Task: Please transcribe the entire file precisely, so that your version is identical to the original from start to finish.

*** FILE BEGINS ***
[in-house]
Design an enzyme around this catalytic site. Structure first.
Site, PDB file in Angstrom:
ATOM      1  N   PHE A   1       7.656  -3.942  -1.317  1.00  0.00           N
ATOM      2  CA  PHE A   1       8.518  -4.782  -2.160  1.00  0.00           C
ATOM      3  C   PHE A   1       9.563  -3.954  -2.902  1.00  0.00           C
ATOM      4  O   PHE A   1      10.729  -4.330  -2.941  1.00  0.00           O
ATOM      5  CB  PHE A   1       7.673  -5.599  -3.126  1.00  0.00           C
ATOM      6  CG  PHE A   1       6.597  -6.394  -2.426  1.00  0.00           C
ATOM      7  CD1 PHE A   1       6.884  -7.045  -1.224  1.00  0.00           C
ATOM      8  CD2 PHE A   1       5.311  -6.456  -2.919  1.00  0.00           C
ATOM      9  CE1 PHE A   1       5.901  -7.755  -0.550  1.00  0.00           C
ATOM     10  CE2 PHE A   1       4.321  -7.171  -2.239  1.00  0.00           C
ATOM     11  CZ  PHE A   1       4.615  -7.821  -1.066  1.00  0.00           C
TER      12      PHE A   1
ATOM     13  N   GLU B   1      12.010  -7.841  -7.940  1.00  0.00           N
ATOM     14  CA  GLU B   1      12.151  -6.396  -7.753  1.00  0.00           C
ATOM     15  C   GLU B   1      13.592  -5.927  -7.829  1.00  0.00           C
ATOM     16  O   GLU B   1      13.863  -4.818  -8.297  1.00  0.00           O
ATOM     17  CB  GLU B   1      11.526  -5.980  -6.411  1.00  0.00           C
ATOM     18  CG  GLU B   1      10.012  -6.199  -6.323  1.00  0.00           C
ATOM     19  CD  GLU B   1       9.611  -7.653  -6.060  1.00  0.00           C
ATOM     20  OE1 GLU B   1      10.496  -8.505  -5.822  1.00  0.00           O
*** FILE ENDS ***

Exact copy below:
[in-house]
Design an enzyme around this catalytic site. Structure first.
Site, PDB file in Angstrom:
ATOM      1  N   PHE A   1       7.656  -3.942  -1.317  1.00  0.00           N
ATOM      2  CA  PHE A   1       8.518  -4.782  -2.160  1.00  0.00           C
ATOM      3  C   PHE A   1       9.563  -3.954  -2.902  1.00  0.00           C
ATOM      4  O   PHE A   1      10.729  -4.330  -2.941  1.00  0.00           O
ATOM      5  CB  PHE A   1       7.673  -5.599  -3.126  1.00  0.00           C
ATOM      6  CG  PHE A   1       6.597  -6.394  -2.426  1.00  0.00           C
ATOM      7  CD1 PHE A   1       6.884  -7.045  -1.224  1.00  0.00           C
ATOM      8  CD2 PHE A   1       5.311  -6.456  -2.919  1.00  0.00           C
ATOM      9  CE1 PHE A   1       5.901  -7.755  -0.550  1.00  0.00           C
ATOM     10  CE2 PHE A   1       4.321  -7.171  -2.239  1.00  0.00           C
ATOM     11  CZ  PHE A   1       4.615  -7.821  -1.066  1.00  0.00           C
TER      12      PHE A   1
ATOM     13  N   GLU B   1      12.010  -7.841  -7.940  1.00  0.00           N
ATOM     14  CA  GLU B   1      12.151  -6.396  -7.753  1.00  0.00           C
ATOM     15  C   GLU B   1      13.592  -5.927  -7.829  1.00  0.00           C
ATOM     16  O   GLU B   1      13.863  -4.818  -8.297  1.00  0.00           O
ATOM     17  CB  GLU B   1      11.526  -5.980  -6.411  1.00  0.00           C
ATOM     18  CG  GLU B   1      10.012  -6.199  -6.323  1.00  0.00           C
ATOM     19  CD  GLU B   1       9.611  -7.653  -6.060  1.00  0.00           C
ATOM     20  OE1 GLU B   1      10.496  -8.505  -5.822  1.00  0.00           O